Though BLM is intended to represent the needs and grievances of all black people, Garza’s essay makes it clear that the organization is especially committed to helping “Black queer and trans folks” because they “bea[r] a unique burden in a hetero-patriarchal society that disposes of us like garbage and simultaneously fetishizes us and profits off of us.” Also getting a special mention from Garza are the “500,000 Black people in the U.S. [who] are undocumented immigrants and relegated to the shadows.”
In 2015 as well, Garza spoke at the annual Left Forum convention in New York City, where she said: “It’s not possible for a world to emerge where black lives matter if it’s under capitalism, and it’s not possible to abolish capitalism without a struggle against national oppression.”
Portraying America as a country awash in sexism as well as racism, Garza in 2015 lamented that black female employees earn “at least” 14% less, on average, than white women, who in turn are paid 25% less than their male counterparts.
In May 2015, Garza characterized the recent protests and riots in Baltimore—which erupted after a local black criminal named Freddie Gray had died under disputed circumstances while in police custody—as “Black Spring” demonstrations akin to the massive “Arab Spring” actions that had threatened and/or toppled a number of Middle Eastern regimes beginning in early 2011. “What we know,” said Garza, “is that there is a Black Spring that is emerging where communities that have been under the boot of police terrorism, communities that have been attacked by poverty and unemployment, are rising up, coming together and advancing new solutions and new visions and new demands to create a new world where Black peoples’ lives matter…. [W]e’ve had enough.”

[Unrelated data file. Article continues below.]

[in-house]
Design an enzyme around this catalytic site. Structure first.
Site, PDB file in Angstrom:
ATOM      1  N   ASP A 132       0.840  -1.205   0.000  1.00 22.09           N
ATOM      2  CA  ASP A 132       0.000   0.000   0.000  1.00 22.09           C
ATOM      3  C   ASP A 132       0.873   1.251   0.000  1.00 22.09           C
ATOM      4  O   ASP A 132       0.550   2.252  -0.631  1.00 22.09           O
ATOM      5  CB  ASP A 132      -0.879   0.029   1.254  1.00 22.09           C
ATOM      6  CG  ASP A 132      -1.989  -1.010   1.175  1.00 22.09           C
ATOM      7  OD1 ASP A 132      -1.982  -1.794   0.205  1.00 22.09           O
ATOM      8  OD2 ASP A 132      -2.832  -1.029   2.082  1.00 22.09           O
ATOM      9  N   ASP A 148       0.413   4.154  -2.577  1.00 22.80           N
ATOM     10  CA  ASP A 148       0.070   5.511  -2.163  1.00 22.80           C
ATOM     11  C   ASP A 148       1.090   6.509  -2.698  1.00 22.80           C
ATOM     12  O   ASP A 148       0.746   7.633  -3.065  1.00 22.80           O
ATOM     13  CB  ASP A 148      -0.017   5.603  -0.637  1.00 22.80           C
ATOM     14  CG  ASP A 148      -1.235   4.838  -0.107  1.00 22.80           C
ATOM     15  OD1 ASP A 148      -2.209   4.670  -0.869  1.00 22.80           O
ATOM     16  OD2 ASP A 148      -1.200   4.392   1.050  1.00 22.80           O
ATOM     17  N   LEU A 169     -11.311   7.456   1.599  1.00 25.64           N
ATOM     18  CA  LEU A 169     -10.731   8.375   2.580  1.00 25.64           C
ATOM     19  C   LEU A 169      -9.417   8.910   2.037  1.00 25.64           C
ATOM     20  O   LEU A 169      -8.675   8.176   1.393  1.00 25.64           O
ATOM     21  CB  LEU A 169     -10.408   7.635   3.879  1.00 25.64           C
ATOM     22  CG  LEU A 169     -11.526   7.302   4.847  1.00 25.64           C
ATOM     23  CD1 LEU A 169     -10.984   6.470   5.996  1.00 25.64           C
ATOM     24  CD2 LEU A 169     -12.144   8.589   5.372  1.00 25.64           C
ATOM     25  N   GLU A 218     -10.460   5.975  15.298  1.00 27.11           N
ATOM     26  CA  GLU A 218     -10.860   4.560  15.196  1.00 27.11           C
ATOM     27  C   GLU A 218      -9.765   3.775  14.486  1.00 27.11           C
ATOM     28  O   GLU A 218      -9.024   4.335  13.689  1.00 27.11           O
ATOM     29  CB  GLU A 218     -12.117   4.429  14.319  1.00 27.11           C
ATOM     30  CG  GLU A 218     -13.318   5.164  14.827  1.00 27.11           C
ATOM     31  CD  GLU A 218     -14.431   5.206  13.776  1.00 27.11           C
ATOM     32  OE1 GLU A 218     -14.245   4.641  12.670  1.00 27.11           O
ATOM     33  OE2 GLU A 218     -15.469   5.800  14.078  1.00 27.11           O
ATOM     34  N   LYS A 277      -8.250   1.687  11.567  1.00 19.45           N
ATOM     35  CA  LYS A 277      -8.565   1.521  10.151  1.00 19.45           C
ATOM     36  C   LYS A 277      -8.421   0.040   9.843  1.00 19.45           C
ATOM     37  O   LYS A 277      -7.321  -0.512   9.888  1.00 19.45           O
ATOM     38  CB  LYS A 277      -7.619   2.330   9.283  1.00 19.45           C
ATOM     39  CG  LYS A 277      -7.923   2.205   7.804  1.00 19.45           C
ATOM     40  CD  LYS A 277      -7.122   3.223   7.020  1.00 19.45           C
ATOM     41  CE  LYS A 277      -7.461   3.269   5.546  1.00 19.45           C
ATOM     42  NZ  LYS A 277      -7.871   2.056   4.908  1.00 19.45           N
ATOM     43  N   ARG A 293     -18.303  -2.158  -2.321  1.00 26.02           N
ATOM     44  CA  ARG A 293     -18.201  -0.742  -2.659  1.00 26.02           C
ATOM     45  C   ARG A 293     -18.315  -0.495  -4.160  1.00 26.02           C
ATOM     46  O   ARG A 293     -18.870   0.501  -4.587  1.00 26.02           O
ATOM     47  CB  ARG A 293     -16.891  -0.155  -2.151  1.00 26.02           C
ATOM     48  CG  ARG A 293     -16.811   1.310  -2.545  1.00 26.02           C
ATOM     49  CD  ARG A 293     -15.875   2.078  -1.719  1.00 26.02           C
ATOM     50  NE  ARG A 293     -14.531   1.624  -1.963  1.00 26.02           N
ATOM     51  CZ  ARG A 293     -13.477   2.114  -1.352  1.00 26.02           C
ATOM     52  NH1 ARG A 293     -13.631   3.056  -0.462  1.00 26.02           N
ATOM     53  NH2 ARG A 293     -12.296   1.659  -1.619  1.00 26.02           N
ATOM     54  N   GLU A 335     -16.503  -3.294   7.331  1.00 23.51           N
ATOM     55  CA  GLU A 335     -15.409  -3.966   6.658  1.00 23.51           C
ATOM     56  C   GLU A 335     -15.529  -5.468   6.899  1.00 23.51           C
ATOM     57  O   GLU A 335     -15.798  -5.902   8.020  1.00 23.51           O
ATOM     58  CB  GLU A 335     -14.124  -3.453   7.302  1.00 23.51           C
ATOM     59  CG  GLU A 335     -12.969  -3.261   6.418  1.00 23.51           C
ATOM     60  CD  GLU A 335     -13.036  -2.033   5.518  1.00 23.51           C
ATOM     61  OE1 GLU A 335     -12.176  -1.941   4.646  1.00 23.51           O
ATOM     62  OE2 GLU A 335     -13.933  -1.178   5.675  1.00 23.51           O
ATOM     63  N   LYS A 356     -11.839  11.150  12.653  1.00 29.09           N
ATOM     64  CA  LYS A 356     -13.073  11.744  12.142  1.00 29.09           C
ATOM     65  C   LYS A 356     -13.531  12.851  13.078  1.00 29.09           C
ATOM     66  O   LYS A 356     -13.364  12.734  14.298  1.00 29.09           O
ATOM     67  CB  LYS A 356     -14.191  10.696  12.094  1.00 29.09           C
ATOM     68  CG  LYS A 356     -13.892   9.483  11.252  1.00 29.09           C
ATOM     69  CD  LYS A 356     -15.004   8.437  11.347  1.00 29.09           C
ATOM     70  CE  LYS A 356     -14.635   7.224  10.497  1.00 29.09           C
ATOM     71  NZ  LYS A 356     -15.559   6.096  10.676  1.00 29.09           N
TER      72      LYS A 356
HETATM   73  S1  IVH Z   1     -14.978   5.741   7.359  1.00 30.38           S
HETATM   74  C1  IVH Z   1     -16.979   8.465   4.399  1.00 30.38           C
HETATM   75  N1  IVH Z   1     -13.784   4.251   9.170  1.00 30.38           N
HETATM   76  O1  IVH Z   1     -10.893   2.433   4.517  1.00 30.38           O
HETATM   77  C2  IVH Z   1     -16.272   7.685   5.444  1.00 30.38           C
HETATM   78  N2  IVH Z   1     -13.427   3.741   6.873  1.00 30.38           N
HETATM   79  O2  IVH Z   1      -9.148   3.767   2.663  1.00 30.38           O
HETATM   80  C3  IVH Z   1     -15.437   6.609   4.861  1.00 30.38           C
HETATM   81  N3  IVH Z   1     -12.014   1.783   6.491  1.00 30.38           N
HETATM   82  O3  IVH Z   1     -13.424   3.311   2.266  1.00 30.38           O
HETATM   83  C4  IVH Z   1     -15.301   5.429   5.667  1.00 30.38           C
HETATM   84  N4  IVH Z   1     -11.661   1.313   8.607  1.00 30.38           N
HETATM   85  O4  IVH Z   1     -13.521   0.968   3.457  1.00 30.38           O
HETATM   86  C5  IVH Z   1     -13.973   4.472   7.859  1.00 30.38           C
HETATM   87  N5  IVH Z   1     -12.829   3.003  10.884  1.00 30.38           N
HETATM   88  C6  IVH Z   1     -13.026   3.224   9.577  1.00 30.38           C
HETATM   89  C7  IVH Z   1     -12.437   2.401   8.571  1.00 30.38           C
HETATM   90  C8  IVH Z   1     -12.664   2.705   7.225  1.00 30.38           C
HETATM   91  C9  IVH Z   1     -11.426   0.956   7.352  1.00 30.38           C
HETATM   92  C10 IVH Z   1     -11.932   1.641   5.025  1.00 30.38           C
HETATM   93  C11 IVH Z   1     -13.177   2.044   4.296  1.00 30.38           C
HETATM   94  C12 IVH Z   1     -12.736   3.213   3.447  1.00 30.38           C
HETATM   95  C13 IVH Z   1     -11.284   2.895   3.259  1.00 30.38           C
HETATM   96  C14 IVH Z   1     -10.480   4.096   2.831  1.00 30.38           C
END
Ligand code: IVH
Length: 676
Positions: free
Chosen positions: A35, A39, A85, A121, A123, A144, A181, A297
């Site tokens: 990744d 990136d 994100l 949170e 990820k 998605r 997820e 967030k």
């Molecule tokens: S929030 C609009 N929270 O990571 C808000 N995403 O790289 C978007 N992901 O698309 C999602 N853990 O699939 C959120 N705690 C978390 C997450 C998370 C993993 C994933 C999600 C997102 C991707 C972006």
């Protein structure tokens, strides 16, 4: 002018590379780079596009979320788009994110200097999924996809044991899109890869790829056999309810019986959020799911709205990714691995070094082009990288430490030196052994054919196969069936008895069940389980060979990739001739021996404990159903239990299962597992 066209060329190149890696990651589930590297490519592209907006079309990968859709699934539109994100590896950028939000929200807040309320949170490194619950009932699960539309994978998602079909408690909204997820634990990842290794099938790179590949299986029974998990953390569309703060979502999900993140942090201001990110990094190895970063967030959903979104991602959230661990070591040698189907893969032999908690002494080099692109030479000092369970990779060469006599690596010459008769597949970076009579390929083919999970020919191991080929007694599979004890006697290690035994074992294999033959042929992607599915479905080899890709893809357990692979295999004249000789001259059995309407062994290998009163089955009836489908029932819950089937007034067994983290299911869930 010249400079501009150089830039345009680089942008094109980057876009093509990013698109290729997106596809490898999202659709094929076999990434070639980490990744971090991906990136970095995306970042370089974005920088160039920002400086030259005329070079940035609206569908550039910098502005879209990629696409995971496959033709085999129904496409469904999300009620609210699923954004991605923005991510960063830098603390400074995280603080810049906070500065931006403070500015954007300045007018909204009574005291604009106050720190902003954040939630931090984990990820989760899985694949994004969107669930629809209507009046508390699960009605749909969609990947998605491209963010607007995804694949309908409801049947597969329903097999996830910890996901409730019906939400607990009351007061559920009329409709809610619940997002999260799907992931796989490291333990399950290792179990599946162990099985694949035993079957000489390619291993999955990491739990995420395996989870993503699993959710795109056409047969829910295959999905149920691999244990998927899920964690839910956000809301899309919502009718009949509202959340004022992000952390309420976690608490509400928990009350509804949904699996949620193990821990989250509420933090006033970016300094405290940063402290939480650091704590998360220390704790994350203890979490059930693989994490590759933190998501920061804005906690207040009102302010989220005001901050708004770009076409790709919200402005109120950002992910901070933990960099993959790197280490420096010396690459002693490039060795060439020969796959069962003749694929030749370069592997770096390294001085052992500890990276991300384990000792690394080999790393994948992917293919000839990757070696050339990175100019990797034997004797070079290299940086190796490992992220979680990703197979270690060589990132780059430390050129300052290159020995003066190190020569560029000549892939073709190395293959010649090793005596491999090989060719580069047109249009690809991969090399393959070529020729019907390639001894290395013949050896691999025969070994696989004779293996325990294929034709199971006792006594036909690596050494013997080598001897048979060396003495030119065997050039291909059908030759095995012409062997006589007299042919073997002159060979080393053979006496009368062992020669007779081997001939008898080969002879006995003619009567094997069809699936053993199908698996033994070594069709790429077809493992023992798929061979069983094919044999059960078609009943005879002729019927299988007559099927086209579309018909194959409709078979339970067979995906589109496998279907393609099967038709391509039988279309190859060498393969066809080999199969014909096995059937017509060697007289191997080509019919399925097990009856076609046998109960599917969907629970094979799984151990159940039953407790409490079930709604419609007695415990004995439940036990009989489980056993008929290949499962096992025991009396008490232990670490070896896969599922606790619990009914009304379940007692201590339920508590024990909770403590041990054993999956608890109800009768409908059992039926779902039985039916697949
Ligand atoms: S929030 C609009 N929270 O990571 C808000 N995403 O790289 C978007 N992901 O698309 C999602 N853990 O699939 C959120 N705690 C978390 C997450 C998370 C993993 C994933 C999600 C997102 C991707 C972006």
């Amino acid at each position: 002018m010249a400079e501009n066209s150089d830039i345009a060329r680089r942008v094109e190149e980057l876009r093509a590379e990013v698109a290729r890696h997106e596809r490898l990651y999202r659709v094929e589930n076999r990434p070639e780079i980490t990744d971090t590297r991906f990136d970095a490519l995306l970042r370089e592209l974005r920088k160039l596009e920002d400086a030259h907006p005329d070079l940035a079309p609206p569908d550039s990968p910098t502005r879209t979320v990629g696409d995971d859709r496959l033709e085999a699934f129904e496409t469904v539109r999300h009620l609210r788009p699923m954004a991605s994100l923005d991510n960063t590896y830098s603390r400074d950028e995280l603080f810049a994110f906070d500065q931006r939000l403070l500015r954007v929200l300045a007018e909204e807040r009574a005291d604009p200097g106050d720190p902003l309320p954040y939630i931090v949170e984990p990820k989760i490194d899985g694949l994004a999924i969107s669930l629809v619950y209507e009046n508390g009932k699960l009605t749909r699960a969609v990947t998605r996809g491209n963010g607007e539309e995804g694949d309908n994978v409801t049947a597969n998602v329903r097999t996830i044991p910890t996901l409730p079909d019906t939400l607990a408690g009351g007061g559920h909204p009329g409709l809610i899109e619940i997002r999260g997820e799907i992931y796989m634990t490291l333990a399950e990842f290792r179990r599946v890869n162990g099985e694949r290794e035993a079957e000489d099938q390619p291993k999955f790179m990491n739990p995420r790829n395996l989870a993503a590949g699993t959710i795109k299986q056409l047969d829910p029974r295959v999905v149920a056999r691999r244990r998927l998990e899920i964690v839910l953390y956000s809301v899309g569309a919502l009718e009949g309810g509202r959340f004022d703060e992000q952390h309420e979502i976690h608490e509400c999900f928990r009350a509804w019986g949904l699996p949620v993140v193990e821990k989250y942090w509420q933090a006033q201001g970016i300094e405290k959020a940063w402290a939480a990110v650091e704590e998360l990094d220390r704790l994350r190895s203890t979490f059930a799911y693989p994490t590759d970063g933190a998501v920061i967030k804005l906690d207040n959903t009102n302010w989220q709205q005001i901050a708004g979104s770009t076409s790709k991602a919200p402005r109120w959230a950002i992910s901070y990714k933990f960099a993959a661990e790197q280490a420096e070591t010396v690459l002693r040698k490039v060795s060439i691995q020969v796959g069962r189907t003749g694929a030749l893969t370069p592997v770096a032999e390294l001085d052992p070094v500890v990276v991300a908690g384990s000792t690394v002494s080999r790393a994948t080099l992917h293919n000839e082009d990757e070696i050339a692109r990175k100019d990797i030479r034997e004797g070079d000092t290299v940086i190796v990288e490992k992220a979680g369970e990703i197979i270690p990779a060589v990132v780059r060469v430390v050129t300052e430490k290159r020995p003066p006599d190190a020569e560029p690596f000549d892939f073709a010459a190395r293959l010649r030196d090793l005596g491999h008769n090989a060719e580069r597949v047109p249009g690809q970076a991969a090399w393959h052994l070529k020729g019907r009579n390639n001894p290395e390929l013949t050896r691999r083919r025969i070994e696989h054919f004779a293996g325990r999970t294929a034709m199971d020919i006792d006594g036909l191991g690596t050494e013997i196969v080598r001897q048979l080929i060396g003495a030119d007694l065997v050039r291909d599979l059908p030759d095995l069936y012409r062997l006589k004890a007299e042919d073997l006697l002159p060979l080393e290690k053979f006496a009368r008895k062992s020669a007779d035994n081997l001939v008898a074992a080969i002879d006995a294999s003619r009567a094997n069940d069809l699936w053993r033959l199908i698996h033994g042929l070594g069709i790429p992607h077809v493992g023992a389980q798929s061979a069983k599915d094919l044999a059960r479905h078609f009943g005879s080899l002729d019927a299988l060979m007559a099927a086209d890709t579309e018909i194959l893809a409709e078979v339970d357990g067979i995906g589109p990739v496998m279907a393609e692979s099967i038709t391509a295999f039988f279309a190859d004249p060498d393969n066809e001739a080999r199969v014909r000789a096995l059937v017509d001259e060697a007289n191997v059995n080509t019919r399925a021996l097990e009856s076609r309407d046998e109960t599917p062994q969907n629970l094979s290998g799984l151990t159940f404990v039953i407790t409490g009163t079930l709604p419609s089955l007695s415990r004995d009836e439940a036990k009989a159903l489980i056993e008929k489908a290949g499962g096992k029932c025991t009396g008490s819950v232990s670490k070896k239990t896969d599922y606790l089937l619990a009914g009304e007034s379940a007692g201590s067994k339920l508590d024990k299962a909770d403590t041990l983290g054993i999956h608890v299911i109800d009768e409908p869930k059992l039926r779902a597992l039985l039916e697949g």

In March 2016, Fortune magazine named Garza and her two BLM co-founders to its list of the “50 of the most influential world leaders.”
In a September 2016 interview with Complex.com, Garza stated that Americans would be better off if the nation’s “corroded and corrupt system” of policing were to be terminated. “Quite frankly, many of our [BLM] members are continuing to investigate what it would mean to have police-free communities. I think what we’ve continued to see over time is that no moral appeal [to police] is actually stopping the deaths of black people [at the hands of police], whether they be armed or unarmed.” Moreover, Garza asserted that crime and violence were nothing more than logical responses to societal injustice and economic inequality: “How do we stop violence, looting, and riots? The way that we stop that is by making sure that people have the things that they need to thrive. When people are systematically denied their right to adequate housing, adequate schools, to adequate food, to dignity—this is a response and a reaction that we should absolutely expect.”